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RightScale Adds Network Management to Cloud Suite

The Network Manager feature in the RightScale Cloud Management lineup enables businesses to manage networking resources in multiple cloud infrastructures.

RightScale, which offers a range of cloud management capabilities, is expanding the cloud resources it can manage to the networking environment.

The company on Sept. 18 launched Network Manager, designed to make it easier for businesses and partners to manage cloud networking resources and to more easily secure both public and private cloud networking. Network Manager is a new capability within RightScale’s Cloud Management portfolio.

With Network Manager, RightScale officials said the company now offers customers a platform to manage compute, storage and network resources across a range of cloud technologies from a single point, making it easier for businesses to find the right cloud environment—public, private or hybrid—that fits their needs. Given the varying cloud options out there, having a management portfolio that can handle them is important, according to Josep Blanquer, chief architect at RightScale.

“Every cloud provider builds into its platform the settings and designs that it thinks its customers will want to use,” Blanquer wrote in a post on the company blog. “Because all the networking resources are different from one cloud provider to another—as are the names and behaviors of the resources and the APIs through which they are delivered—it can be difficult to get started quickly. Private cloud platforms may also differ depending on how they are deployed—you can configure OpenStack or CloudStack, for instance, in many different ways at installation time. In addition, providers change APIs and introduce new resources all the time.”

In his blog, he compared what’s offered in Amazon Web Services’ EC2, Google’s Compute Engine and OpenStack to illustrate the differences. Having such a variety of options gives businesses the ability to choose the right cloud infrastructure for them, but can mean having to learn how to manage each feature from each cloud provider at the API level, Blanquer wrote. Instead, RightScale’s Cloud Management suite abstracts that requirement, he said.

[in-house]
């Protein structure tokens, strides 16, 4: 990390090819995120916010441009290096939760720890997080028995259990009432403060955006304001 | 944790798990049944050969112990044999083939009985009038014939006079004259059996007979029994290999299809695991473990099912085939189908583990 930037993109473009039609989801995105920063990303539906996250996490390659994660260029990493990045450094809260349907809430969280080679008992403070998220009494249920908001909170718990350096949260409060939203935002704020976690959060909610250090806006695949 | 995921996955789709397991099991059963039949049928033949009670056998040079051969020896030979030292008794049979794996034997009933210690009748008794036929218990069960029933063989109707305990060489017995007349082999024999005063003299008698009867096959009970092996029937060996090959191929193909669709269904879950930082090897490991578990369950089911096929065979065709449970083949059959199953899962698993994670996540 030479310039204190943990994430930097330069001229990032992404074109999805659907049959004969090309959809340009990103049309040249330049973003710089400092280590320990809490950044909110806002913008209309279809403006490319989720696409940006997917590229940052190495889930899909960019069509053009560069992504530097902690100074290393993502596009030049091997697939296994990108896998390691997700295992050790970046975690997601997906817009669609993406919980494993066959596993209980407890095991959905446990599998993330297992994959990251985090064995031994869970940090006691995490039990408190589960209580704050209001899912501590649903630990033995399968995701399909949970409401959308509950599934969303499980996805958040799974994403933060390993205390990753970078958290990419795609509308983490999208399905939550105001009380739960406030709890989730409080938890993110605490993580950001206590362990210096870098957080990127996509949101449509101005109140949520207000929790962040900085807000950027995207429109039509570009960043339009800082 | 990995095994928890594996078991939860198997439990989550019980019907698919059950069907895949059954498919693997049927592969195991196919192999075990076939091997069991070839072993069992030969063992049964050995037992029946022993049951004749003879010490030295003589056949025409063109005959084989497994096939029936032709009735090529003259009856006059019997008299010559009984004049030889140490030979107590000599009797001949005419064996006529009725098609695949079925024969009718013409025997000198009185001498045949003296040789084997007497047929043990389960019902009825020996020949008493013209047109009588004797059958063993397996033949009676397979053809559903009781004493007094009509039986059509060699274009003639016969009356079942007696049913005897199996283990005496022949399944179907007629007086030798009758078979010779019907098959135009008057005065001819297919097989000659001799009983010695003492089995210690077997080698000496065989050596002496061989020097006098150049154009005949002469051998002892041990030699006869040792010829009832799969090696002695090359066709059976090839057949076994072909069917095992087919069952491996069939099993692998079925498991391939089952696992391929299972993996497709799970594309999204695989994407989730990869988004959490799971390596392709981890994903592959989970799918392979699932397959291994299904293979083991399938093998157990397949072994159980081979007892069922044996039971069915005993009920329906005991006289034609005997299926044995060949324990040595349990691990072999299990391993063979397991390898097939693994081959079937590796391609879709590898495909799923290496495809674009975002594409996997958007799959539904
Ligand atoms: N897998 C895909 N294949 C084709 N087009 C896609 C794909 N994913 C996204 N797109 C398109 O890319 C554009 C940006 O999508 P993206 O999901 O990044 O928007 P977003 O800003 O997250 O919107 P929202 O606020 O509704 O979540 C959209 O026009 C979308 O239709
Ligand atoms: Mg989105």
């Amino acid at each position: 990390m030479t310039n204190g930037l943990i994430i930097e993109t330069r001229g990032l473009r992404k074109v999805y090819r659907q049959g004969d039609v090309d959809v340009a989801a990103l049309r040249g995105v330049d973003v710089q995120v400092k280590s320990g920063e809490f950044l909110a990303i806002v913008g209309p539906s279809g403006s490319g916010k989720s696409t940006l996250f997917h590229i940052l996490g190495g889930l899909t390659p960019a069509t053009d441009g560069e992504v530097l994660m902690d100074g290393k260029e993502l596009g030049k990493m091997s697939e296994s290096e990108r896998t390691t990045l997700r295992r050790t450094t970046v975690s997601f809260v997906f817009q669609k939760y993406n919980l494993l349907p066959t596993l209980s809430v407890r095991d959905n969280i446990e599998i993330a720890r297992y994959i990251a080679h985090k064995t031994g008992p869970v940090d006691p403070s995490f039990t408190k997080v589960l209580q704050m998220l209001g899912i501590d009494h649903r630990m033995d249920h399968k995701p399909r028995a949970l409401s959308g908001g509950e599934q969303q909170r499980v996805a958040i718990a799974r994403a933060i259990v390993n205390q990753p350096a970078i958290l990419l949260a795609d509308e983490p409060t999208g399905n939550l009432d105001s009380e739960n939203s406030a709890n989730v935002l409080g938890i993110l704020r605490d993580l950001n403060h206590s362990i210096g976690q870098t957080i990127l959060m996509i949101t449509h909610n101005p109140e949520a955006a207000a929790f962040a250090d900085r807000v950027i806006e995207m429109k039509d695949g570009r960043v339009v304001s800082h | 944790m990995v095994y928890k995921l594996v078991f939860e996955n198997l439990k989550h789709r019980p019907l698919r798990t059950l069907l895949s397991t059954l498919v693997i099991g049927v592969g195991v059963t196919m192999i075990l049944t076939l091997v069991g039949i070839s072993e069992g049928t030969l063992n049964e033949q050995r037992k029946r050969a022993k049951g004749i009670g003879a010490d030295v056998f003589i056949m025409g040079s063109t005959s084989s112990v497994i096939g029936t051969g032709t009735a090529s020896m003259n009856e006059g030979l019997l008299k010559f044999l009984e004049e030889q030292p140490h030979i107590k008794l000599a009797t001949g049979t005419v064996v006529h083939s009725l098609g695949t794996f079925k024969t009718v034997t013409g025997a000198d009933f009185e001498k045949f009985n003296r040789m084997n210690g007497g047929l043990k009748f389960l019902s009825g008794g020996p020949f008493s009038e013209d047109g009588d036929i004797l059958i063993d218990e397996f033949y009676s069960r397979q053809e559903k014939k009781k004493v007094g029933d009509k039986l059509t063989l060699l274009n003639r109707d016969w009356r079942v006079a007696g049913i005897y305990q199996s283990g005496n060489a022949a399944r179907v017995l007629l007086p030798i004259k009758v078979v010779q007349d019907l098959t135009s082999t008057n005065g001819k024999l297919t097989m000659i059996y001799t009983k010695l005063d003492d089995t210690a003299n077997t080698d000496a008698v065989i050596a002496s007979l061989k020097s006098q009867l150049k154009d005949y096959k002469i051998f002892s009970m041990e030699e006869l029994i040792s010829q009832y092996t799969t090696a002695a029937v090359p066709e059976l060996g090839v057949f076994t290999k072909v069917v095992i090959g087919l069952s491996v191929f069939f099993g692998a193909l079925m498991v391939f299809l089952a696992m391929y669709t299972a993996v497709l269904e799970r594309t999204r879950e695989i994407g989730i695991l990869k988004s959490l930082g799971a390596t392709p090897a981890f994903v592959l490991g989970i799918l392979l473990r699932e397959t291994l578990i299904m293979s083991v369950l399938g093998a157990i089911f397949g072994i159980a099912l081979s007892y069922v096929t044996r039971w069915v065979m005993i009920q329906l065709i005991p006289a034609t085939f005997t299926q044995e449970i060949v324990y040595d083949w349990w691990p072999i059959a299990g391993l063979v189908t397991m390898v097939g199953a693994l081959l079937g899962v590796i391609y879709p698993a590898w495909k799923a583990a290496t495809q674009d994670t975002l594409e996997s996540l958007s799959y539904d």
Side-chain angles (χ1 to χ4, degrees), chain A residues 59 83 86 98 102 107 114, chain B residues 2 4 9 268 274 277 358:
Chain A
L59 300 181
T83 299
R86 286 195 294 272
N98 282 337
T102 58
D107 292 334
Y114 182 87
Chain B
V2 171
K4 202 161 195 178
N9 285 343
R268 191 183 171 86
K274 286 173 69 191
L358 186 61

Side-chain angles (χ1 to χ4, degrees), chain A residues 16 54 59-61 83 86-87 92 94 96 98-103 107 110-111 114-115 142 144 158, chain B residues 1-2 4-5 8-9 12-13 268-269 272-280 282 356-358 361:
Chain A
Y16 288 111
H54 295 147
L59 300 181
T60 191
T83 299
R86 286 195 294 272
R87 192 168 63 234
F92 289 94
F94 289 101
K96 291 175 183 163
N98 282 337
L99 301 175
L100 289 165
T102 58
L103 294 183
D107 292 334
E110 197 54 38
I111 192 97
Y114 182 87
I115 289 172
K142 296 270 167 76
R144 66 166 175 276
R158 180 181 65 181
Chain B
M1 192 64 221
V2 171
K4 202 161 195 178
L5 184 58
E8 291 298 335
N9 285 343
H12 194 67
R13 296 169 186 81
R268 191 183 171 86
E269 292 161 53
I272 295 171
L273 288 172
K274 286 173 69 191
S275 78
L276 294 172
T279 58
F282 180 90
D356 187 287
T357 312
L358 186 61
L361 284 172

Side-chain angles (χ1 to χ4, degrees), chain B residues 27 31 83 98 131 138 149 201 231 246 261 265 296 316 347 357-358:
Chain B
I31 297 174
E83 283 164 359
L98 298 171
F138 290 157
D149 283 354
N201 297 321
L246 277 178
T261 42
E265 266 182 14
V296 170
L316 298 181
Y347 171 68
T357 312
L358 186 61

Network Manager abstracts virtual network resources—including those in software-defined networks (SDNs)—across cloud providers via a common user interface and API to access the resources. It also includes Network Map, which enables businesses to better understand the network topologies and to improve cloud security through an interactive visualization tool.

Data center infrastructures—particularly servers and storage—have become more virtulized and easier to deploy, program, scale and manage, which is becoming increasingly important with the growth of such trends as cloud computing, big data and greater mobility. By contrast, networking has remained a technology still primarily programmed and managed by hand. Technologies like SDN are designed to change that by taking network intelligence from the hardware and putting it into software.

RightScale’s Network Manager is available now in the company’s United Cloud Platform offering. It’s currently available for Amazon Web Services, with support for additional cloud platforms coming later this year. Network Map currently is in alpha testing.